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The Stock IPO Process Explained


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Why Companies Undergo The Stock IPO Process

IPO ProcessThe Initial Public Offering (IPO) process, IPO process for short, is not well understood by many people in the general investing public.  Many view the IPO process as confusing and frustrating, since the IPO process is very fluid and affected by many different market forces.  Individual investors that do not have Wall Street inside connections often feel shut out by the IPO process, since IPO shares are usually sold to well connected investors with large accounts.

Before delving into the IPO process, it is useful to explain why companies sell shares to the investing public via an IPO.  Companies can raise money in a number of ways, such as selling shares in a private placement to private accredited investors or by selling bonds that are paid off from company revenue.  After being in business for a number of years, some companies have developed a strong enough business model to try to sell a portion of their shares to the general investing public via an IPO to raise money for a variety of company needs, from paying down debts to business expansion.  Not all IPO attempts are successful, since changes overall market conditions and the financial condition of a company trying to complete an IPO can cause an IPO effort to fail.

Unraveling The Mystery Surrounding The Stock IPO Process

The IPO process begins when a company talks to investment banks, such as Goldman Sachs or JP Morgan, to sign an IPO underwriting agreement, whereby the investment bank agrees to commit money to see the IPO to fruition in exchange for a fee that is based on the total amount of the IPO.  From that point on, the investment bank(s) is known as the lead underwriter during the IPO process and acts as the agent for the company to raise awareness of an IPO on Wall Street and help the company get through the regulatory hurdles associated with an IPO.  Other investment banks may also get involved in an IPO as co-underwriters.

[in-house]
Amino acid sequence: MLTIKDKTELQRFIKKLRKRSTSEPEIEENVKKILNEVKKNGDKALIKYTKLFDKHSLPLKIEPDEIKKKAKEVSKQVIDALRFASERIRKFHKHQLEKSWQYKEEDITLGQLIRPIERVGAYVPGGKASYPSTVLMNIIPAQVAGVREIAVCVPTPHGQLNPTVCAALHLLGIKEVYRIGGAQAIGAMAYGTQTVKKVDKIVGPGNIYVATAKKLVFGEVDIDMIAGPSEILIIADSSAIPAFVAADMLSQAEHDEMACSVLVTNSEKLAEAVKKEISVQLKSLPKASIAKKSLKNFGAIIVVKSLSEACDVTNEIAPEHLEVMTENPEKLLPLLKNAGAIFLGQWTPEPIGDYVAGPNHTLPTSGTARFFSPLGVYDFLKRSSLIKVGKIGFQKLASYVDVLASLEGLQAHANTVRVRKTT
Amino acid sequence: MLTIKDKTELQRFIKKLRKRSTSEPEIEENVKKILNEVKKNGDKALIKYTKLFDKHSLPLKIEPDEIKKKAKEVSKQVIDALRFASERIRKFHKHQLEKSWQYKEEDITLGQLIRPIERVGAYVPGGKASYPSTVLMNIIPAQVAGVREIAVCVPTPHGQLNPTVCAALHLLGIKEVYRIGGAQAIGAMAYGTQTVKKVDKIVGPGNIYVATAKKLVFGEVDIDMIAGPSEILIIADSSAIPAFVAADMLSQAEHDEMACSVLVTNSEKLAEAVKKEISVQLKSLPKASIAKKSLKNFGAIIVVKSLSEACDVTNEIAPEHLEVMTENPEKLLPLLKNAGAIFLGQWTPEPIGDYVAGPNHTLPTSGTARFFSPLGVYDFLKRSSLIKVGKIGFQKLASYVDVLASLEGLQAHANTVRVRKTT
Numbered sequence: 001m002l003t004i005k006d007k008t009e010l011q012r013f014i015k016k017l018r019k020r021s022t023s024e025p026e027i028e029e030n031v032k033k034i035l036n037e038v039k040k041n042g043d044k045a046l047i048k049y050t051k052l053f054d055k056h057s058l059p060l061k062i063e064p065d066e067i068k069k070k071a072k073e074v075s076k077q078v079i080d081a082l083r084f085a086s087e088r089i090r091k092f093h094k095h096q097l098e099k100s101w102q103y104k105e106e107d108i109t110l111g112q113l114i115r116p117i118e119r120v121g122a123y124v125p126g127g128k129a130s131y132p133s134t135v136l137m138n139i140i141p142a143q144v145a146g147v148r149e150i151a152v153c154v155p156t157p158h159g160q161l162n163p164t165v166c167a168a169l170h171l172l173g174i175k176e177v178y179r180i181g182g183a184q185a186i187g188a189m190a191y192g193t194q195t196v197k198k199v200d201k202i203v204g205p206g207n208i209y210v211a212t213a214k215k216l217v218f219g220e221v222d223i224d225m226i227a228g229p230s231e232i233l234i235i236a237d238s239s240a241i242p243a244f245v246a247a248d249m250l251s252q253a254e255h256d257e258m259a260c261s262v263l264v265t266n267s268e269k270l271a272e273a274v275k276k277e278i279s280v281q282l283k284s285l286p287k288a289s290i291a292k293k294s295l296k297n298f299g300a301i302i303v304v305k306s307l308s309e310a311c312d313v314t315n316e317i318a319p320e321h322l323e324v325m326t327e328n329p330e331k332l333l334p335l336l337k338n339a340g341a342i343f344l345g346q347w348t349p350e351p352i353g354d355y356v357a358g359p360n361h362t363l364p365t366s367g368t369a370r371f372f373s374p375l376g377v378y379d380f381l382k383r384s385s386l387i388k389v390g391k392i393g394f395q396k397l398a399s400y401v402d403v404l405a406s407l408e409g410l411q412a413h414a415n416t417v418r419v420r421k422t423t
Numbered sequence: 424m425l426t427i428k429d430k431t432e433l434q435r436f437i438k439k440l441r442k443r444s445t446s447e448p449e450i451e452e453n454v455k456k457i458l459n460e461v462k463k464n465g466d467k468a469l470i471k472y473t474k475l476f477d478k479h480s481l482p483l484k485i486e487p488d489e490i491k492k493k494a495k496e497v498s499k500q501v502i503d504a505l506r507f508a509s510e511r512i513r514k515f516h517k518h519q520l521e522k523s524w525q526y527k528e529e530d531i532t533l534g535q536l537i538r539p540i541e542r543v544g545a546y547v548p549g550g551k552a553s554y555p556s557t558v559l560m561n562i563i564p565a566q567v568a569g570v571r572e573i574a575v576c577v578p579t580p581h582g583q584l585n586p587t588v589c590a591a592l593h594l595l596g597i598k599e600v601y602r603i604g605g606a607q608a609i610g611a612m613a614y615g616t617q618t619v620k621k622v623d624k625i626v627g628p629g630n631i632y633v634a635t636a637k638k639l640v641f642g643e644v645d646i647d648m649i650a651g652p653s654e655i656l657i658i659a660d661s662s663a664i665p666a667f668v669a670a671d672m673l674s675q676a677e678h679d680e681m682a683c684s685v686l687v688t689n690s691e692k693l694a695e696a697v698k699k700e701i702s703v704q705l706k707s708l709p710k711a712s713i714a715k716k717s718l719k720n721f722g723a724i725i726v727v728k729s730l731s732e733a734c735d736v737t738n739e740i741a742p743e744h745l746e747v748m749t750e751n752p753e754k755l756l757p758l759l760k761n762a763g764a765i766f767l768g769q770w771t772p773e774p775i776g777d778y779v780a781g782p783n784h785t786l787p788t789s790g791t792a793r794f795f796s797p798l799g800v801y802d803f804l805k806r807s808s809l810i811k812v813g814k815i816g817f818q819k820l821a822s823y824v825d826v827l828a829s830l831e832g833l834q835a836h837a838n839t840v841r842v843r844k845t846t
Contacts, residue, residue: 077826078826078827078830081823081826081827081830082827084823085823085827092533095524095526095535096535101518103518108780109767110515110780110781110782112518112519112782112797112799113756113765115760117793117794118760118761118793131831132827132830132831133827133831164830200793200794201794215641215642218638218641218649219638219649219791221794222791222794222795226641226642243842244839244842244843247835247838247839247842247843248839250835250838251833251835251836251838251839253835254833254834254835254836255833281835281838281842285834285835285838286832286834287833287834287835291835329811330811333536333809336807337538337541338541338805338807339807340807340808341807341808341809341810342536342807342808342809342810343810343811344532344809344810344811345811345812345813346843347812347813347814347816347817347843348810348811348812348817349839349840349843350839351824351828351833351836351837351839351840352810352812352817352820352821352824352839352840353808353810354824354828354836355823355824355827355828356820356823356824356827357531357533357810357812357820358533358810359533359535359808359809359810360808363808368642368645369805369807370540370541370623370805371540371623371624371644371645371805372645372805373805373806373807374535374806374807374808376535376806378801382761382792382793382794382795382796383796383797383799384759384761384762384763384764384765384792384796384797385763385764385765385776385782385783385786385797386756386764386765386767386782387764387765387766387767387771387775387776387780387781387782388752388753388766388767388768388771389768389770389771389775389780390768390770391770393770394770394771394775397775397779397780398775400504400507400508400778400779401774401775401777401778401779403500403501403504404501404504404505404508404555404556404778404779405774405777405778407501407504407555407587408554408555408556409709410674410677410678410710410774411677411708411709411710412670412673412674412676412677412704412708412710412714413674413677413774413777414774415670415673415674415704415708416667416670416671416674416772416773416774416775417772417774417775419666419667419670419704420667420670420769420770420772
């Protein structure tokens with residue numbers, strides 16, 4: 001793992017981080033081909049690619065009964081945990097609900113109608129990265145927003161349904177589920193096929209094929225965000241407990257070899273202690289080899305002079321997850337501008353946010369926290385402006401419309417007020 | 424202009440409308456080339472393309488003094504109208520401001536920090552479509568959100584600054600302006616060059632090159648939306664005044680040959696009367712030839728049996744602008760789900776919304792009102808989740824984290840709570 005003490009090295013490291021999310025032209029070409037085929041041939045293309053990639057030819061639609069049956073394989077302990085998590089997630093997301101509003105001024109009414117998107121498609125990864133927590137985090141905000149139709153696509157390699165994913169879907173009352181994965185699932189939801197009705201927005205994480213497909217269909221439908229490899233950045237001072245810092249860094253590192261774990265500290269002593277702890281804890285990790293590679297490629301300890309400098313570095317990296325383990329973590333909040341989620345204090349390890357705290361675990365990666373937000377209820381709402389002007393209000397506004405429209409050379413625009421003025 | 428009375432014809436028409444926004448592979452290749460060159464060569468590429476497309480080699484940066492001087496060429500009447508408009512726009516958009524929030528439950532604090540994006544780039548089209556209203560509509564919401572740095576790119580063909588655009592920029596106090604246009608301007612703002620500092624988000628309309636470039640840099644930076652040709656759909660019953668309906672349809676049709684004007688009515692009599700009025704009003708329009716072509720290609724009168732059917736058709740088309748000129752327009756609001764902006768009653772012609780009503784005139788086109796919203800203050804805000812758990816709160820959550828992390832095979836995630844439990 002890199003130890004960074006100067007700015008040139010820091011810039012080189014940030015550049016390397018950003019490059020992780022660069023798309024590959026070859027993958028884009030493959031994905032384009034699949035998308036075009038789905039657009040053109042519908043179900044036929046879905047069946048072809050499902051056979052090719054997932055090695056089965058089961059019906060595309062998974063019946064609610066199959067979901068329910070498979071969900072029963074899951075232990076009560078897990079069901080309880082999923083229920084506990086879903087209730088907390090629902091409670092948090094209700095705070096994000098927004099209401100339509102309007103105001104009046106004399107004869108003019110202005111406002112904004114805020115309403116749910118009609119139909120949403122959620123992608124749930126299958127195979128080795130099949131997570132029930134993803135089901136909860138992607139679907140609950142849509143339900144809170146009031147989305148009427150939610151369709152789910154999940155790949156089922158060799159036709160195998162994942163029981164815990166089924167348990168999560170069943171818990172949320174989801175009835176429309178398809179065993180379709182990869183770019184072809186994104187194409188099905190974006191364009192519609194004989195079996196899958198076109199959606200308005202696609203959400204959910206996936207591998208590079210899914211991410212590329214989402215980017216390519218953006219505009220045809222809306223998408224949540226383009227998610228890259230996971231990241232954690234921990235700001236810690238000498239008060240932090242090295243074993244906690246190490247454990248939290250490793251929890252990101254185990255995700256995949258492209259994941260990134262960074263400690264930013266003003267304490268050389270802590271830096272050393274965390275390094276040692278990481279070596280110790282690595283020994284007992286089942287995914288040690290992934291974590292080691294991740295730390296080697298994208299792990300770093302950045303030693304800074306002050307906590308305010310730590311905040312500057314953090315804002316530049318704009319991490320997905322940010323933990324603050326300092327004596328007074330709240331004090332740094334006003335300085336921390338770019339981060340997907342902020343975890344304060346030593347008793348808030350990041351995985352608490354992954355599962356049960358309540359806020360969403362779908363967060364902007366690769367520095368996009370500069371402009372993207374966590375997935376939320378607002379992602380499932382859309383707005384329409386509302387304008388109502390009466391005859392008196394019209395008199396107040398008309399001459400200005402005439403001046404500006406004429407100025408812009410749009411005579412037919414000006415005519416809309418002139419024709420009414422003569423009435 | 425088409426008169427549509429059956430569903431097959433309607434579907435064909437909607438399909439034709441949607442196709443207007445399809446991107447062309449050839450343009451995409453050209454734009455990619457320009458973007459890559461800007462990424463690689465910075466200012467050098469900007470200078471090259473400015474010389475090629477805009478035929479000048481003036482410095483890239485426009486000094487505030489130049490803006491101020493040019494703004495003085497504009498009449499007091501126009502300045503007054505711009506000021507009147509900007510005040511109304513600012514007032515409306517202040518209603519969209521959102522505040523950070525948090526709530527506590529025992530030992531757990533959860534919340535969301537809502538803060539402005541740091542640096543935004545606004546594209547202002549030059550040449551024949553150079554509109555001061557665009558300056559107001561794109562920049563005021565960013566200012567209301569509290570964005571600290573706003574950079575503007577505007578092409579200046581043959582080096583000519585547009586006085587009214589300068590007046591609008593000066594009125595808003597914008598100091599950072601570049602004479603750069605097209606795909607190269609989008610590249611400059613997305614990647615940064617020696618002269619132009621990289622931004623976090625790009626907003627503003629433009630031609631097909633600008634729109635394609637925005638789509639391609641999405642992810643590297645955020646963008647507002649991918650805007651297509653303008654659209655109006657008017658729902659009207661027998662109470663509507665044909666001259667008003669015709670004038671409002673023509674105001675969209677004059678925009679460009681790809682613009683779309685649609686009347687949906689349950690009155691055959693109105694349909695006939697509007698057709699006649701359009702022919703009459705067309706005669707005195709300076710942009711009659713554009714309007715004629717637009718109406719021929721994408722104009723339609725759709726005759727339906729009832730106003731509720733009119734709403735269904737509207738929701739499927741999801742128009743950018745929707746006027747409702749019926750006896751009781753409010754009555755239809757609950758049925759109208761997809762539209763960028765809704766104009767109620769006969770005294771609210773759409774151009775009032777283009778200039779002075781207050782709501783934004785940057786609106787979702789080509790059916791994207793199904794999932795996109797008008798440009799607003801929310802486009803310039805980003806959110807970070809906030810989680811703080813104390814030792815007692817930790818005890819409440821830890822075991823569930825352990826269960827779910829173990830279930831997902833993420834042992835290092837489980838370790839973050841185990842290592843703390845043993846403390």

An IPO can sit in limbo for a number of months or even years, as a company tries to overcome the regulatory hurdles associated with the IPO process and waits for a stock market that will be receptive to their IPO.  When a company is ready to go ahead with an IPO, they submit a S-1 Filing (also known as an IPO Prospectus) with the United States Securities and Exchange Commission (SEC) that registers the IPO shares with the SEC and explains what the financial aspects of the IPO to investors.  The S-1 Filing can be updated and amended numerous times before an IPO occurs, and must ultimately be approved by the SEC before an IPO can proceed.

The final stage of the IPO process is when a company goes on a “road show” to explain their business model to the investing public and drum up support for their IPO.  Soon thereafter, if there is sufficient public interest in the IPO, investment banks that are the IPO underwriters set an initial price range for the IPO and gauge investor interest in the IPO.  If investor interest wanes or market conditions change for the worse, an IPO may be delayed or cancelled.  If investor interest is sufficient, the IPO will price at a price within the price range and shares will be sold to investors who expressed interest in buying IPO shares, thus completing the IPO process.  If an IPO has strong investor interest, the price range and final IPO price may be raised from the initial IPO range.

 

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